Our lab is geared toward extracting insights into the structure and dynamics of interacting microbial populations from genomics datasets.
The metabolic capacity of communities of microbes can be selected for by environmental conditions and is accelerated by the ability of microbes to exchange genes with each other and with viruses. A major question, therefore, is: How does variability at the gene level affect the functional capacity and potential social interactions between members of microbial populations?
We use network analysis, information theory, and dynamical modeling to 1) predict gene exchange and population evolution in microbial ecosystems in response to changing environmental conditions and 2) define the organization and distribution of functions in microbial communities.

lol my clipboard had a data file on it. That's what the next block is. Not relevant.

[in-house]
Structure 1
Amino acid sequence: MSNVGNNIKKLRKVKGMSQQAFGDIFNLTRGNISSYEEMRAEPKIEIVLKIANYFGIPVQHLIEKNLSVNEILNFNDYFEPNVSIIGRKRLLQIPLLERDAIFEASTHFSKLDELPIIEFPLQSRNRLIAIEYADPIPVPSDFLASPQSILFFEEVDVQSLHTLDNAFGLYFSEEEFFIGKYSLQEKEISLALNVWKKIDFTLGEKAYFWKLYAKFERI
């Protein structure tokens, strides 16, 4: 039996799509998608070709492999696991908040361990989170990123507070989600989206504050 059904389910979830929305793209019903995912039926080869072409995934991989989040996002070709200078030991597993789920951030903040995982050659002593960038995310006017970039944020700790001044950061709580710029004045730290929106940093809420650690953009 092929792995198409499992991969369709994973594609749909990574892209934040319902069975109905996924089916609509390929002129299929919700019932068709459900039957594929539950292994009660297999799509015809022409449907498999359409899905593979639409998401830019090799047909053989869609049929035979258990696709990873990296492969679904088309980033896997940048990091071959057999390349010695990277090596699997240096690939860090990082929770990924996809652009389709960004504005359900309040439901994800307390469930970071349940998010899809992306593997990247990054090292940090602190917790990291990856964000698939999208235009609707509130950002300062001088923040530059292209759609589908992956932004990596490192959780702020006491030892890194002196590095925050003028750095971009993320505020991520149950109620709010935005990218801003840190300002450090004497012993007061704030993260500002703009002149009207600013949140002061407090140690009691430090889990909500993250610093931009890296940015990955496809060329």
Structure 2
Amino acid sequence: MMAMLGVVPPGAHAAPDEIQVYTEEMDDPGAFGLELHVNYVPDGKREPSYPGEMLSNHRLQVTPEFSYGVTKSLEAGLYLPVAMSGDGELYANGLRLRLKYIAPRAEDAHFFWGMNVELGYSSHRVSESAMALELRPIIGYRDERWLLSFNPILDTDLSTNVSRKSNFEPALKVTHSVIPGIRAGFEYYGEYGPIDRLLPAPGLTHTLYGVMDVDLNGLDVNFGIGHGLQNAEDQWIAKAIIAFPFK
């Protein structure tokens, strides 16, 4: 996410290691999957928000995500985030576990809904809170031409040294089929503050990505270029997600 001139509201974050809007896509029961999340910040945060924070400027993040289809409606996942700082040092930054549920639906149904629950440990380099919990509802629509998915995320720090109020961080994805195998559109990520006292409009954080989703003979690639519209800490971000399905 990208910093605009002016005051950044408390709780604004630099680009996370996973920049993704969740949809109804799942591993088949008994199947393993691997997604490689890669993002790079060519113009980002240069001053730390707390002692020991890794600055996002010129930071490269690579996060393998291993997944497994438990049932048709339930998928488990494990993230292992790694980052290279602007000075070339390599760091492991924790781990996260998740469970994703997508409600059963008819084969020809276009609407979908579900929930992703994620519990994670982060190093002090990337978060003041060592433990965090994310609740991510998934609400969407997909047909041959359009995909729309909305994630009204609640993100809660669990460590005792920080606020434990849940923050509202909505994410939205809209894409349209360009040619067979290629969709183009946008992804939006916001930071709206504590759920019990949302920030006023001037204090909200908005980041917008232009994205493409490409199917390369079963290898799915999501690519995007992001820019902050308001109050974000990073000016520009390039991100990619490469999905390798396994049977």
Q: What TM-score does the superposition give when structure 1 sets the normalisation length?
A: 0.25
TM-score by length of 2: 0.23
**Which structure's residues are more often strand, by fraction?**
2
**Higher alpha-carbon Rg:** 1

We are looking for a postdoctoral fellow with significant experience in computational biology to study functional diversity in natural communities of microbes. Application instructions here >>
Graduate students -
We are looking for PhD or MD/PhD graduate students who are interested in 1) studying the contributions of the commensal microbiome to energy acquisition and drug metabolism in the human body and 2) developing new computational techniques to study genetic exchange and community stability and structure using large-scale genomics datasets. Apply via Graduate Programs in Biomedical Sciences at Einstein.